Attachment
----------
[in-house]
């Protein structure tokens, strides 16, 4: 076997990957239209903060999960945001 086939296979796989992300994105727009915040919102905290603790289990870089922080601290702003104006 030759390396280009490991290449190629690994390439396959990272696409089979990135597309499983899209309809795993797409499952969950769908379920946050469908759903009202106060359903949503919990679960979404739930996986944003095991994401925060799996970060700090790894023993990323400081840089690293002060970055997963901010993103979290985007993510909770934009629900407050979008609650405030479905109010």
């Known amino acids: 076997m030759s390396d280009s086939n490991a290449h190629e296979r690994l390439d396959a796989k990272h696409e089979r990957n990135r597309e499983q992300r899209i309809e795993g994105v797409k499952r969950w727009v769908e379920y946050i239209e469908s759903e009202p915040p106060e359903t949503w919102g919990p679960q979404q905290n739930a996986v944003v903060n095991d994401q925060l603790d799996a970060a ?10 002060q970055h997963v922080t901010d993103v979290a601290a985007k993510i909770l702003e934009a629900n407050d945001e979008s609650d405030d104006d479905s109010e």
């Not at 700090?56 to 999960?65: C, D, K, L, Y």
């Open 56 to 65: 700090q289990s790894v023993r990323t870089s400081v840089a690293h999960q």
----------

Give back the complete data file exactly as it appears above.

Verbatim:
[in-house]
């Protein structure tokens, strides 16, 4: 076997990957239209903060999960945001 086939296979796989992300994105727009915040919102905290603790289990870089922080601290702003104006 030759390396280009490991290449190629690994390439396959990272696409089979990135597309499983899209309809795993797409499952969950769908379920946050469908759903009202106060359903949503919990679960979404739930996986944003095991994401925060799996970060700090790894023993990323400081840089690293002060970055997963901010993103979290985007993510909770934009629900407050979008609650405030479905109010």
């Known amino acids: 076997m030759s390396d280009s086939n490991a290449h190629e296979r690994l390439d396959a796989k990272h696409e089979r990957n990135r597309e499983q992300r899209i309809e795993g994105v797409k499952r969950w727009v769908e379920y946050i239209e469908s759903e009202p915040p106060e359903t949503w919102g919990p679960q979404q905290n739930a996986v944003v903060n095991d994401q925060l603790d799996a970060a ?10 002060q970055h997963v922080t901010d993103v979290a601290a985007k993510i909770l702003e934009a629900n407050d945001e979008s609650d405030d104006d479905s109010e």
């Not at 700090?56 to 999960?65: C, D, K, L, Y």
């Open 56 to 65: 700090q289990s790894v023993r990323t870089s400081v840089a690293h999960q």